Far from my office, sitting on the airport floor, I answered a number of emails and phone calls, checked weather in Florida and even researched some needed supplies. Could it be that the last hurdle of optimization is in our mental models, not in the work itself or the tools? Are we willing to reclaim our once reliable and flexible friend, the floor?
The physical discomfort that comes with overly short hips and psoas is a major hurdle for many. Perhaps an even larger impediment is the fear of status loss. Do we view those on the floor as lower status? These unwritten but persistent rules even follow us into our homes. Friends have related stories of relatives being put out and hurt when they chose the floor instead of a couch. “What, is my nice furniture not good enough for you?” Good luck parsing the meaning of that one. You not only lowered your own status in their eyes, you’ve somehow magically occupied both the floor and a pedestal above them, rendering them “not good enough”.
Even in our over stuffed western world, these social norms aren’t universal. If you attend a yoga festival at a hotel conference center, it’s remarkable how different people behave. The weekend before the festival, the same sort of professional men and women fill the conference center dressed in heels and business attire as they sit on the stackable chairs, chairs that are only comfortable for the first 20 minutes of an 8 hour day.
During the yoga festival, the following week, in the same location, there are no chairs to be found and a similar population of professionally employed adults are all comfortably together on the floor. The same carpeted stage platform might be used, but its functions as simply another floor, a riser so those in the back have a good view of demonstrations. Sometimes the riser is right in the middle of the conference room with participants circled around it. Imagine the flight path of that flock of yoga enthusiasts passing through the chairless conference center, compared to the typical set-up during the rest of the year when hotel staff lug and stack hundreds and hundreds of those dreadful chairs.
I recently finished an adult tap class. Your local dance studio is another location where chairs are scarce and you’re more likely to see bodies spread out on the floor, even where there is no carpet. Think about the flight path of the dancer’s skeleton. Some actually get airborne on a regular basis.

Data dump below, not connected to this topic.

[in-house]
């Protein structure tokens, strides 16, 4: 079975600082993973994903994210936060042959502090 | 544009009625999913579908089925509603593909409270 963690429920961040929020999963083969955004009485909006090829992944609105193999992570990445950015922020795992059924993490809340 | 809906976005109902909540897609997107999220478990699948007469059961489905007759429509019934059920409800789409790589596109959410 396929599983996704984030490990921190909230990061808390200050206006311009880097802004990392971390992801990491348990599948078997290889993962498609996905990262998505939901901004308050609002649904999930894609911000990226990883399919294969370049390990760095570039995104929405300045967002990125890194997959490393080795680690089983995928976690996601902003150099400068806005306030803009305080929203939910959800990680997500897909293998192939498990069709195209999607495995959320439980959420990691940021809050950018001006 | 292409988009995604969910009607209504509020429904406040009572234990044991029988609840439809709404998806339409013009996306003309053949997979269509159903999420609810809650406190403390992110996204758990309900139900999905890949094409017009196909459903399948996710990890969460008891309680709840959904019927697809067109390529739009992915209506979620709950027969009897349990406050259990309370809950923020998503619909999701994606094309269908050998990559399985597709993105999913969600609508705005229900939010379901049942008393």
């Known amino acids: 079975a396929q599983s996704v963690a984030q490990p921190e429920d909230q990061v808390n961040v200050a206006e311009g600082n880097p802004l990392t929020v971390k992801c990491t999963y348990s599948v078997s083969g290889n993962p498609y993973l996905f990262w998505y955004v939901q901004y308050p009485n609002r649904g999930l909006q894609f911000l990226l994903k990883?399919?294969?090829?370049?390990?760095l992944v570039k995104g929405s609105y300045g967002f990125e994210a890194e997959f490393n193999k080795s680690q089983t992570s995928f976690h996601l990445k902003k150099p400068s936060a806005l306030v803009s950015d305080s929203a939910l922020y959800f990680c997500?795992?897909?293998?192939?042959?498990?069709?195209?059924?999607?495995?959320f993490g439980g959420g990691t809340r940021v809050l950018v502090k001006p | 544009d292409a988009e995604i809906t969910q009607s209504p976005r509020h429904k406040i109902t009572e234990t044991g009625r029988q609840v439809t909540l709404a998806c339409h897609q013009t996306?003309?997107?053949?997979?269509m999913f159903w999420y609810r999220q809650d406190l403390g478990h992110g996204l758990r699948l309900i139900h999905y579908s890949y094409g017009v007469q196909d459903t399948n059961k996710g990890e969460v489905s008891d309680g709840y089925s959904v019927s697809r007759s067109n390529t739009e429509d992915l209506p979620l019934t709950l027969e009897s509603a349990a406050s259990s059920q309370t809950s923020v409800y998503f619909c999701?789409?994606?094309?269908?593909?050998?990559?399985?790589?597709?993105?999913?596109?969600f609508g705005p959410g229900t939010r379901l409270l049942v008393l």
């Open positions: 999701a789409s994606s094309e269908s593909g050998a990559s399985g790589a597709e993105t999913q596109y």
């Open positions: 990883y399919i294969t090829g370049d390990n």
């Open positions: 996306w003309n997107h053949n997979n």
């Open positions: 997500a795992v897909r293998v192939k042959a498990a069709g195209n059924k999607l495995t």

Are we trading physical pain and a shorter life of mobility for the perception (real or not) of social acceptance and status? Archive video of a young Joni Mitchell surfaced recently. It’s remarkable to see the audience of white college students all sitting on the floor for this Canadian television show. Even back in 1965, chair sitting had rendered these young people stiff and uncomfortable. You can see many of them hugging their elevated knees with rounded backs, hallmarks of overly short psoas and hip flexors. If you watch the video, see if you can catch your mind’s subtle response to these students sitting on the floor. Does their position affect your sense of their social status, even perhaps their age?
There are true physical limitations for many of us, I’m not suggesting we ignore them. What I would like us to explore is what mental models do we project onto the world, and what are the physical prices we pay? How much genuine physical freedom awaits us on the other side of the social barriers we limit ourselves with? Are we willing to fire those social norms that cost us long term health and vitality? What will we hire in their place?
How poorly do our mental models have to perform, how much pain must they produce in the present before we fire them and re-hire the floor? Is the image of your future self clear enough to make the choices now on behalf of greater mobility for yourself in 40 years? How could you make that image more vivid?
Simply begin by observing the altitudes your physical frame inhabits throughout the day. What implications does this have for the glide path choices you’ll have at the end of your life? Very small changes made up-stream can create large dividends down the way. Pilots and sailors know this truth in their bones you might say. Do we?